The Portland Trail Blazers are in a tough spot moving into this postseason. They have a significant amount of cap space committed to core players, including Damian Lillard, CJ McCollum, and Jusuf Nurkic. Navigating the NBA's endless list of CBA rules can be tiring, and general manager Neil Olshey and his front office staff have their work cut out for them.
The 2019 summer free agent class is going to be an epic one, but once again Portland will need to go hunting for value — they won't be in the running for the bigger names. For starters, Olshey will need to decide which of his four big free agents he wants to bring back. Al-Farouq Aminu, Rodney Hood, Jake Layman and Seth Curry all need new deals.
Layman will likely return to Portland because he’s cheap. The Maryland product is a restricted free agent, and I'm not sure how much outside interest there will be i him given he's not quite a knockdown 3-point shooter just yet. Curry, returning from a leg injury last year, played to the level Portland wanted him to. Unfortunately, that also means he’s going to be too expensive for what the Blazers can afford.
The real question comes in Aminu and Hood.
Aminu had a descending deal that was smartly set up in 2015 by Olshey, but his performance this year was not up to par. As a starter with this roster, Aminu doesn’t cut it. He simply doesn't shoot the ball well enough, and he’s not a threat as a dribbler. This is an issue made worse when the other wings — Moe Harkless and Evan Turner — also struggled to shoot the ball.
Still, Portland has Aminu’s Bird rights, which means they can go above the salary cap to offer him a new deal. Even if the Blazers give Aminu a raise, having him on the team next year is better than scrimping a few pennies and replacing him with a minimum salary-level player.
Hood is where this whole thing gets sticky. If the team makes some expected moves — including re-signing Aminu — the Blazers will end up with the Taxpayer Mid-Level Exception to spend. That would mean $5.7 million for a player in the first year of his contract. But Hood is going to demand more than that in the open market, even if he gives the Blazers a discount. The former Utah Jazz first round pick is worth more than $8 million a season.
That’s a difficult mark for Olshey to reach, because at his best he’ll only be able to find a little more than that. There’s no reasonable way for the Blazers to have <em>real</em> cap space this summer, and so the full Mid-Level Exception is how Portland would give Hood a fair market contract. Now that Portland has traded Turner for Kent Bazemore, it might just make Hood expendable should he demand his full market value.
Portland should also have use of the bi-annual exception, since they didn’t use theirs last year. That gives them another $3.62 million to spend, probably on Curry’s replacement.
So we’re left with a lot of potential options but not much money to spend on them. As such, here are nine interesting players, at various mid-level exception levels, that Portland could benefit from in free agency.
Rodney Hood — Taxpayer MLE
Hood played well to end the season, adding several impressive playoff performances to his resume. He recovered from a disastrous postseason run in 2017-18, when he was dealing with the birth of twins. Hood has apparently re-discovered his love of the game in Rip City. He was a useful 3-point shooter, and at 6-foot-8 he’s big enough to defend at least three positions on the wing.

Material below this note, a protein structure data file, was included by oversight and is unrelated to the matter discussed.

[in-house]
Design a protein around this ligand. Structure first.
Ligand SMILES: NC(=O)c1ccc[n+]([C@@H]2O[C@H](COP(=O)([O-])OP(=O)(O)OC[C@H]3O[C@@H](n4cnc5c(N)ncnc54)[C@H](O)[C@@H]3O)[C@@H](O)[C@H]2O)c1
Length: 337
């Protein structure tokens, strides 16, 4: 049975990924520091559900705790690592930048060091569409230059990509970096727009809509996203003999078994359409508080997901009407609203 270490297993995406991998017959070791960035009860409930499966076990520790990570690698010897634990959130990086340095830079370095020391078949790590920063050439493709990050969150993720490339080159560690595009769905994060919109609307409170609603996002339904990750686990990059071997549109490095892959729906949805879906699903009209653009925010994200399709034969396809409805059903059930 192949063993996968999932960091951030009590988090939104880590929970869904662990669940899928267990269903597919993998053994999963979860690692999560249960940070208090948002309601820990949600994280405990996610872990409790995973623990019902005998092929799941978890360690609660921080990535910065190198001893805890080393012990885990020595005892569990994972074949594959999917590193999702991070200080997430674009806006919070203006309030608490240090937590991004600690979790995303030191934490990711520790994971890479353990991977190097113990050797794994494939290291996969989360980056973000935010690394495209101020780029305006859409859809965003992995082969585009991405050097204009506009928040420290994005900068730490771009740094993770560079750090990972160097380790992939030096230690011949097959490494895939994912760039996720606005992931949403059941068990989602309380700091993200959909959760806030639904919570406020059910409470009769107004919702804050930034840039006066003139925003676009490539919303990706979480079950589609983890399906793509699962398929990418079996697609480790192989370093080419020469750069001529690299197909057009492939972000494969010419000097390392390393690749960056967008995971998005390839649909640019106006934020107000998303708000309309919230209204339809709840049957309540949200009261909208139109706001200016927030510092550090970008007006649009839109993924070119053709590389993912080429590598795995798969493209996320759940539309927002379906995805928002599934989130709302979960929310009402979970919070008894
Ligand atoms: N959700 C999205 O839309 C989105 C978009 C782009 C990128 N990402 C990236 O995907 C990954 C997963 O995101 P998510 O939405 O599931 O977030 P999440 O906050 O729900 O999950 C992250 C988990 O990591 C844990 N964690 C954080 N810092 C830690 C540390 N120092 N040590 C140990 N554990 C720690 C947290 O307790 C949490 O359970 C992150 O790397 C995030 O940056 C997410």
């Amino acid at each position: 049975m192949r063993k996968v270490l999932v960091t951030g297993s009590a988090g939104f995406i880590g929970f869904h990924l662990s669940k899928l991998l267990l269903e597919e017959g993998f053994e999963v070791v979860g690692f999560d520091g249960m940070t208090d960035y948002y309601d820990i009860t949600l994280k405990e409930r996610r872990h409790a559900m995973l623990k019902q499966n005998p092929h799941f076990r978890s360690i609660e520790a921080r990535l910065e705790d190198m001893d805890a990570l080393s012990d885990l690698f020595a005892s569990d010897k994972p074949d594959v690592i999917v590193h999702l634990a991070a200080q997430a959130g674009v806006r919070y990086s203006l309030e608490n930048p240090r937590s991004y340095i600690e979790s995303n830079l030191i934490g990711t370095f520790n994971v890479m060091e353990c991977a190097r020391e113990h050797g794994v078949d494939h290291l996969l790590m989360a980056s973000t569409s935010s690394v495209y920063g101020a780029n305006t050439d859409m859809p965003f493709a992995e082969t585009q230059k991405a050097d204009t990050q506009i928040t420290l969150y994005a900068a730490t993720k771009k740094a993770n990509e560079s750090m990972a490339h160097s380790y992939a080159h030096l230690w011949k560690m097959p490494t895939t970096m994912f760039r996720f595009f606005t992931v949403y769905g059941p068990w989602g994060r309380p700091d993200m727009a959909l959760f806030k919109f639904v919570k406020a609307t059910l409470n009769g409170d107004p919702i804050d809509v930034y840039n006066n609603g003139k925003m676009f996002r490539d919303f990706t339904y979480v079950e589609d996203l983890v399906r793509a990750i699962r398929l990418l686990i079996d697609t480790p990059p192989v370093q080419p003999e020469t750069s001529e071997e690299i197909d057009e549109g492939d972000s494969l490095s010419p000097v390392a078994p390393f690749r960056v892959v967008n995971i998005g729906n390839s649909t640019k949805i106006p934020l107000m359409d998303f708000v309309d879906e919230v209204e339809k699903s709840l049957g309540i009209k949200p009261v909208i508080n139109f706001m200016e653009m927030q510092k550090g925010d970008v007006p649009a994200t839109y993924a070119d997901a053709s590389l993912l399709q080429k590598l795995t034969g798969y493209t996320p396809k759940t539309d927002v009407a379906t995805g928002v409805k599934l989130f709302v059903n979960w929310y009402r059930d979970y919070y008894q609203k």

Stanley Johnson — Taxpayer MLE
Johnson is a younger small forward whose stock has dropped a bit since coming out of Arizona in 2015. He’s a poor 3-point shooter at this juncture, but a decent enough defender and shows flashes of being able to score enough to invest in. He’s a big body, and if the Blazers punt on Harkless he might be able to fill that gap defensively.
Reggie Bullock — Taxpayer MLE
Bullock is a career 39 percent shooter from beyond the arc, and at 6-foot-7 he can switch between a couple defensive positions. He’s a good defender, with good marks against spot-up shooting, hand offs, and isolation plays. He’s probably reached his limit on potential at age 28, but Portland needs to fill the gaps. Guys here don’t all have to be Blazers in five years.
Wayne Ellington — Taxpayer MLE
Ellington was floated as a potential target for Portland last year. He’s a good 3-point shooter, and excels in both spot-up roles and in hand off plays, two things the Blazers need from this cap space. Ellington also doesn’t get enough credit as a defender, but his Synergy statistics suggest he could be quite staunch for Portland.
James Ennis — Bi-Annual Exception
Ennis is a small forward who might fit with the Blazers in a limited role. That’s OK if he’s taking their bi-annual exception money, and even that might be too much to spend on the 28-year-old. He’s a decent enough shooter, although he’ll struggle on defense given too much to do.
Quincy Pondexter — Bi-Annual Exception
Pondexter finally had a year befitting of his natural talents with the San Antonio Spurs last year. He’s a shooter who plays two positions, and although he was impressive on both sides of the ball in 2018-19, those numbers are likely to be looked at as a product of the San Antonio system, especially at his age of 31. That should keep the market on Pondexter from being driven up, and Portland could be buyers.
Anthony Tolliver — Taxpayer MLE
Like Ross, Tolliver feels like a player who’s been floated in Portland circles for ages. He’s 34 years old, but as a career 37 percent 3-point shooter Tolliver is going to age into contracts if he still wants them. Tolliver ranked reasonably well for his age last season against the pick-and-roll according to Synergy. He also consistently plays more than 60 games a year, so he could contribute if the Blazers let Enes Kanter go.